RIP Alexander Cockburn, Leftist Global Warming 'Heretic'

It has been announced that Alexander Cockburn, a columnist for The Nation and co-editor of CounterPunch, died yesterday. Although Cockburn reflected a leftist viewpoint (mandatory if you write for The Nation) he displayed a refreshing iconoclasm on one topic sacred to the left: global warming. Cockburn didn't merely lightly criticize the global warming dogma worshipped by the left, he absolutely savaged it.

Cockburn's "heresy" has been noted in the past here at NewsBusters by both Matthew Sheffield and Noel Sheppard. As a tribute to Cockburn's willingness to smash certain idols of the left, here are some of his selected quotes on the topic of global warming. First up, Cockburn's charge of fraud and dogmatism by the global warming alarmists:

I began this series of critiques of the greenhouse fearmongers with an evocation of the papal indulgences of the Middle Ages as precursors of the "carbon credits"-ready relief for carbon sinners, burdened, because all humans exhale carbon, with original sin. In the Middle Ages they burned heretics, and after reading through the hefty pile of abusive comments and supposed refutations of my initial article on global warming I'm fairly sure that the critics would be only to happy to cash in whatever carbon credits they have and torch me without further ado.

The greenhouse fearmongers explode at the first critical word, and have contrived a series of primitive rhetorical pandybats which they flourish in retaliation. Those who disagree with their claim that anthropogenic CO2 is the cause of the small, measured increase in the average earth's surface temperature, are stigmatized as "denialists," a charge which scurrilously combines an acoustic intimation of nihilism with a suggested affinity to those who insist the Holocaust never took place.

Powerful stuff by Cockburn but, wait, there's more:

Since I started writing essays challenging the global warming consensus, and seeking to put forward critical alternative arguments, I have felt almost witch-hunted. There has been an hysterical reaction. One individual, who was once on the board of the Sierra Club, has suggested I should be criminally prosecuted. I wrote a series of articles on climate change issues for the Nation, which elicited a level of hysterical outrage and affront that I found to be astounding - and I have a fairly thick skin, having been in the business of making unpopular arguments for many, many years.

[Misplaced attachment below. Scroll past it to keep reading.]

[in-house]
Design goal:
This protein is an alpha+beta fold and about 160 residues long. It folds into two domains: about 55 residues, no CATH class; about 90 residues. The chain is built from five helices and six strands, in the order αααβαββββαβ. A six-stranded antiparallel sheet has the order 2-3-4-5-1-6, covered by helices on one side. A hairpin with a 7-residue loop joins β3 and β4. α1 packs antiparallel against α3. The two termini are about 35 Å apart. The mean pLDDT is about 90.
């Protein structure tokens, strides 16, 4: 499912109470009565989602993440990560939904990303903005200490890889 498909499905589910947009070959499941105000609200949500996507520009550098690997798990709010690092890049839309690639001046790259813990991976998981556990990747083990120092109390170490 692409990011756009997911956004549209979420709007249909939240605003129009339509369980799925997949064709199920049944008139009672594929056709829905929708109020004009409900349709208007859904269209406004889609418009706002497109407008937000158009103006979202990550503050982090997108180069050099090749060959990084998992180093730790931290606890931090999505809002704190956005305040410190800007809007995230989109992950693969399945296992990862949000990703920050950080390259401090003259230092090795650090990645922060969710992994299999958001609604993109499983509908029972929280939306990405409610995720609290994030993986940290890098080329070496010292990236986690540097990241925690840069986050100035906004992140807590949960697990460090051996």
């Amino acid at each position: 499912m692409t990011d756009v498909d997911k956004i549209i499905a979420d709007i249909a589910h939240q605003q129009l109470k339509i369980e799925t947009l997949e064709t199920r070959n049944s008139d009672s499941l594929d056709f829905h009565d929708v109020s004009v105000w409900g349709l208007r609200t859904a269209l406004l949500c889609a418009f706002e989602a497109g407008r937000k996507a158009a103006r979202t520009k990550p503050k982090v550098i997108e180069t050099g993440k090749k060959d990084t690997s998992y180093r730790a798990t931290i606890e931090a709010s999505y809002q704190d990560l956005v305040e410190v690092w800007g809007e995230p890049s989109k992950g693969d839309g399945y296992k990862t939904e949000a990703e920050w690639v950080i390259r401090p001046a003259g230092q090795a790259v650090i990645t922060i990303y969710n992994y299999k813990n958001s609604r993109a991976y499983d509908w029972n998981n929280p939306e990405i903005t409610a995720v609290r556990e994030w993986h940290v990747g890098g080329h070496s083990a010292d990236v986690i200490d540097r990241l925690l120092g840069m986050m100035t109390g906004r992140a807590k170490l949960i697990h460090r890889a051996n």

There was a shocking intensity to their self-righteous fury, as if I had transgressed a moral as well as an intellectual boundary and committed blasphemy. I sometimes think to myself, ‘Boy, I’m glad I didn’t live in the 1450s’, because I would be out in the main square with a pile of wood around my ankles. I really feel that; it is remarkable how quickly the hysterical reaction takes hold and rains down upon those who question the consensus.

This experience has given me an understanding of what it must have been like in darker periods to be accused of being a blasphemer; of the summary and unpleasant consequences that can bring. There is a witch-hunting element in climate catastrophism. That is clear in the use of the word ‘denier’ to label those who question claims about anthropogenic climate change. ‘Climate change denier’ is, of course, meant to evoke the figure of the Holocaust denier. This was contrived to demonise sceptics. The past few years show clearly how mass moral panics and intellectual panics become engendered.

It turns out that global warming wasn't the only dogma on which Cockburn sharply disagreed with most of the left. He also criticized their peak oil belief and advised the left to "Forget peak oil---America has a glut of the black stuff."

So farewell to Alexander Cockburn. Your humble correspondent has disagreed with most of your opinions but hails your incredibly refreshing willingness to brave criticism and  smash sacred idols of the left.

P.J. Gladnick
P.J. Gladnick
P.J. Gladnick is a freelance writer and creator of the DUmmie FUnnies blog.